Converting Your Traditional IRA to a Roth IRA Ahead of the Tax Reform Decision
When you convert a traditional IRA to a Roth IRA, you have to pay the tax on the conversion. However, individuals frequently do this so they can take advantage of future tax-free accumulations. Distributions from Roth IRAs are generally tax free, including any earnings (accumulations) while the account is a Roth account.
Are you considering converting your traditional IRA to a Roth IRA in 2017? Are you hesitant to do so because of uncertainty about the timing and specifics of the Administration’s and Congress’ proposal to cut tax rates for individuals? Have no fear, because you can convert your traditional IRA to a Roth IRA this year, and if tax reform passes with lower tax rates effective next year, you can undo the conversion for 2017 and then re-convert for 2018.
Tax law allows individuals who convert in one year to undo that conversion by a procedure referred to as recharacterization. The procedure has been used for years, primarily by individuals whose IRA funds are invested in stocks and who converted from their traditional IRA funds to a Roth IRA only to see the value of their Roth IRA decline after the conversion due to stock market fluctuations. Recharacterizations are also used by individuals who converted their traditional IRA to a Roth IRA and then found they could not or did not want to pay the conversion tax.
This same process can be used by anyone for any purpose. So, for example, if you converted your regular IRA to a Roth IRA in 2017 and tax reform is enacted effective in 2018, you can recharacterize (undo) your 2017 conversion back to a traditional IRA. However, the recharacterization must be accomplished by the extended due date of your 2017 tax return, which is October 15, 2018. If you choose to, you then can then reconvert the traditional IRA to a Roth IRA in 2018 and take advantage of the new lower tax rates.
Generally, you must wait at least 30 days to make the reconversion. However, if you make the recharacterization of the Roth IRA back to a traditional IRA in 2017, you may not reconvert that amount from the traditional IRA to a Roth IRA before the beginning of 2018 or, if it is later, the end of the 30-day period beginning on the day on which you transferred the amount from the Roth IRA back to a traditional IRA by means of a recharacterization.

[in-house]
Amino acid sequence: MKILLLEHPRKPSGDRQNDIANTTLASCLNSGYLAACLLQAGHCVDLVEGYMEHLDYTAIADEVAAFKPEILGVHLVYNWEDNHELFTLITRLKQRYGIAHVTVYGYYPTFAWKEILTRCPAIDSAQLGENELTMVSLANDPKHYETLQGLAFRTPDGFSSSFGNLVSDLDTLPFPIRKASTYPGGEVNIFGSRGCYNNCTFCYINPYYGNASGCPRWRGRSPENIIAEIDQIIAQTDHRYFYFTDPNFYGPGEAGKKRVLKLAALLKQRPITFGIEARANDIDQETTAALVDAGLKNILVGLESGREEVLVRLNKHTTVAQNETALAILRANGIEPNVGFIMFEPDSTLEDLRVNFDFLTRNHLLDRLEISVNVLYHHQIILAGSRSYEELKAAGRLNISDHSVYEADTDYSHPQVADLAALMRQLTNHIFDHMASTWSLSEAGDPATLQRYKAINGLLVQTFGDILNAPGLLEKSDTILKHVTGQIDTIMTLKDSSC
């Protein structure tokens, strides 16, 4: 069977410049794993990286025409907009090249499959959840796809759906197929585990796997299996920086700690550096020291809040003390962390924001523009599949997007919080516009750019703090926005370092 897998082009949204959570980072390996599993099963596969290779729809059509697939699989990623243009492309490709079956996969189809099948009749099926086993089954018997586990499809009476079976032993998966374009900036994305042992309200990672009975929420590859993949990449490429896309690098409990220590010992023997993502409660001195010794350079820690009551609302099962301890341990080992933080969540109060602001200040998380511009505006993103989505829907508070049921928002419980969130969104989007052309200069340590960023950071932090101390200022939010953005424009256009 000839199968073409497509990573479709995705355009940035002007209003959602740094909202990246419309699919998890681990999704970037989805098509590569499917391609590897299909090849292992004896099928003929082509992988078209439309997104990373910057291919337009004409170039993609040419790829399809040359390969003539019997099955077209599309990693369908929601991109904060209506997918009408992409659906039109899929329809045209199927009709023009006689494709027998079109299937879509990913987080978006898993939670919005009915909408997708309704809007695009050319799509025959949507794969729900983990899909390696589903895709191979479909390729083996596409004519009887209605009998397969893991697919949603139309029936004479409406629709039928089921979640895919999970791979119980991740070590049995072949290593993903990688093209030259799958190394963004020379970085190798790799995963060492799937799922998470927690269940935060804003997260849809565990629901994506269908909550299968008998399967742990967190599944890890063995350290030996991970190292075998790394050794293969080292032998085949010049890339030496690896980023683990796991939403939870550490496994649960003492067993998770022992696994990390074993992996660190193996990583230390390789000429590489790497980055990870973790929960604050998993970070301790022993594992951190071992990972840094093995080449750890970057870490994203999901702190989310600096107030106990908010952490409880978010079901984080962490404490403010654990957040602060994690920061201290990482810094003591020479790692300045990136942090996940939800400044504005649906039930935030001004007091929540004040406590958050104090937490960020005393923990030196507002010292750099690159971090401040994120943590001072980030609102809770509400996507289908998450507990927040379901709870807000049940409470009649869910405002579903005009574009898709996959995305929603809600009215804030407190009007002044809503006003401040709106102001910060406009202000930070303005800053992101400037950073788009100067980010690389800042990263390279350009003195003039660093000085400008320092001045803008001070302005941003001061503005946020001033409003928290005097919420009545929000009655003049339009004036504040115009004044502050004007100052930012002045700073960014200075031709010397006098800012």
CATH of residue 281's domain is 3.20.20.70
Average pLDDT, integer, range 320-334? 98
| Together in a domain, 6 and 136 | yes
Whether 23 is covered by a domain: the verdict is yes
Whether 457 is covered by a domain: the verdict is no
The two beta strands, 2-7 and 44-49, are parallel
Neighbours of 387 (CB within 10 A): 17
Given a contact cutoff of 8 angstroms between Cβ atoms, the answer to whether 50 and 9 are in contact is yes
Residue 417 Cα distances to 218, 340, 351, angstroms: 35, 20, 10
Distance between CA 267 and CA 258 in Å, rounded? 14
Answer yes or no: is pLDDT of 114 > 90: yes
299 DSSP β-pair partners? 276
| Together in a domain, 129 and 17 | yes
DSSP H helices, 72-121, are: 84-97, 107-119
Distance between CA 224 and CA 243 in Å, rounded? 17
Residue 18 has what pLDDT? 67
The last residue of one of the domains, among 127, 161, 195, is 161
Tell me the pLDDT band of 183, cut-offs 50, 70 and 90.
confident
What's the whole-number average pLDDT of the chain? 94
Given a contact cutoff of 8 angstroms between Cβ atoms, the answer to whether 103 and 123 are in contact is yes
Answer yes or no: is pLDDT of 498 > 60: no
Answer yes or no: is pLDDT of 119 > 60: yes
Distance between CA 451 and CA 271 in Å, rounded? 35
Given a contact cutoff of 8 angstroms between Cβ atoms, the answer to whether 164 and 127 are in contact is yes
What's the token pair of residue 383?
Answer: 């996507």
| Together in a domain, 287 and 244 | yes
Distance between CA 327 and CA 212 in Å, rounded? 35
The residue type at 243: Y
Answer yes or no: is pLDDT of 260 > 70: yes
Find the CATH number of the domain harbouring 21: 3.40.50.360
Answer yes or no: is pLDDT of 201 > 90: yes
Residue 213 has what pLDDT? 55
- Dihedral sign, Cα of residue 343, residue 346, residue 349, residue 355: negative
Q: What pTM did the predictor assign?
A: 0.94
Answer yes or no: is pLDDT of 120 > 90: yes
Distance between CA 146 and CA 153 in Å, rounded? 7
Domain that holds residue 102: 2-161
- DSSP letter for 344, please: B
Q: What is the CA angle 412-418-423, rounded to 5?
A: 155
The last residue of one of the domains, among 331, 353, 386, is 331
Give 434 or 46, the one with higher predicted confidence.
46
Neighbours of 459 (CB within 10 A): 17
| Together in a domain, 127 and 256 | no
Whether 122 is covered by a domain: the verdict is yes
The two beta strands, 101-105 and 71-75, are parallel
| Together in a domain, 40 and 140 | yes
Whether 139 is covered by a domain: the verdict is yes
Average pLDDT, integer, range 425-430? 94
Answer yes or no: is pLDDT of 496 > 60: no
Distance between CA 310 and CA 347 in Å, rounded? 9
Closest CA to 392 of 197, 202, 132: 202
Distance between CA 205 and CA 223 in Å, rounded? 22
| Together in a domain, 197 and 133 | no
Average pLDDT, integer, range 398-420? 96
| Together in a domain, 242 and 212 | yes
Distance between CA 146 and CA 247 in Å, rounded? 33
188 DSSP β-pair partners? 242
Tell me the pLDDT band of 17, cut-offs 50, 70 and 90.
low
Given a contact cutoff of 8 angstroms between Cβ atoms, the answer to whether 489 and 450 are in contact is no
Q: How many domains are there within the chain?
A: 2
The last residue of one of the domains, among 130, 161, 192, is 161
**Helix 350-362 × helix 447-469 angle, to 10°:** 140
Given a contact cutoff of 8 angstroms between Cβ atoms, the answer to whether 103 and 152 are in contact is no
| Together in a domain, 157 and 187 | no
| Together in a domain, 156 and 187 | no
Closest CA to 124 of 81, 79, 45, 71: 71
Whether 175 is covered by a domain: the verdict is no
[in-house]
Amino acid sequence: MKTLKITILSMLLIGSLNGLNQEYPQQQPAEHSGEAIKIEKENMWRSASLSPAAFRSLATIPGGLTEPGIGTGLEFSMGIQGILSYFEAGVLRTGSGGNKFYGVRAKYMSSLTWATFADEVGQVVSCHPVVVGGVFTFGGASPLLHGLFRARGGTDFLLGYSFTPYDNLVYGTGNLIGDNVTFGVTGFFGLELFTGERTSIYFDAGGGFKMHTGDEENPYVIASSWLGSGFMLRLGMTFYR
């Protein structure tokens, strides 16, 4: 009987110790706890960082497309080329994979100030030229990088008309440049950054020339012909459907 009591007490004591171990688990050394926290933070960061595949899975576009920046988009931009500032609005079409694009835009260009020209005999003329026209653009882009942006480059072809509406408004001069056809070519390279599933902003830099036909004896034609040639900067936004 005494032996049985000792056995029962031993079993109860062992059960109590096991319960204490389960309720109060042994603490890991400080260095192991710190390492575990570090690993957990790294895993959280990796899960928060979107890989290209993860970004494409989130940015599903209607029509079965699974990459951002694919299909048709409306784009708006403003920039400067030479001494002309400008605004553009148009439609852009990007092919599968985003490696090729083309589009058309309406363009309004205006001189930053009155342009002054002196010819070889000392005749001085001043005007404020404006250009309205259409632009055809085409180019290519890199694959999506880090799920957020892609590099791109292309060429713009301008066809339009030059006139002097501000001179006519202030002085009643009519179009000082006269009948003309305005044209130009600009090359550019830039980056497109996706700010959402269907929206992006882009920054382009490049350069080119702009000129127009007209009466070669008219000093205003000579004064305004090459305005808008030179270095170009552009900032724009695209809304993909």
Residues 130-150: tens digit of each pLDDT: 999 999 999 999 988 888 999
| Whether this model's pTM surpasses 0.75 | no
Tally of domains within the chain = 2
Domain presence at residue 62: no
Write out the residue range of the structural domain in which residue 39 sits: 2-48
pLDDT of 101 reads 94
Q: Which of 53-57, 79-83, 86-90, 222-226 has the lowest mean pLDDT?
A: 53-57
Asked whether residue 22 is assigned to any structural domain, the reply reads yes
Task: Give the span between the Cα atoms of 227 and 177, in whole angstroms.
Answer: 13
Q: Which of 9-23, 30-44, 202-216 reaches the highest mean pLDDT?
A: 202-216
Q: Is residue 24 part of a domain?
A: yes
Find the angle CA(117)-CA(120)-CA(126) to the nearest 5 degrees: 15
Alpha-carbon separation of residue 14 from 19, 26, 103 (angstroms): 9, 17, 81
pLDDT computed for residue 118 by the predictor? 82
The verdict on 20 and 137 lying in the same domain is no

Example: For years, Jack has been making deductible traditional IRA contributions. Then, during the summer of 2017, Jack decided to convert $25,000 of those traditional IRA funds into a Roth IRA. After the conversion is completed, late in 2017, Congress passes and the president signs a tax reform bill that reduces Jack’s marginal tax rate in 2018. To take advantage of the lower tax rate, Jack recharacterizes (undoes) the conversion back to a traditional IRA for 2017 and then reconverts it back to a Roth IRA in 2018. To do that, Jack first transfers the $25,000 (plus earnings or minus losses since the original conversion) back to a traditional IRA by way of a trustee-to-trustee transfer (it’s OK for the transfer to be with the same financial institution). He could make the recharacterization as late as October 15, 2018, but chooses to do so on January 15, 2018. Then, after making the transfer back to the traditional IRA, Jack reconverts the amount back to a Roth IRA on Feb. 20, 2018.
For more information on recharacterizations and conversions, and how they might fit into your tax planning, please reach out to your LCS&Z, L.L.P. professional.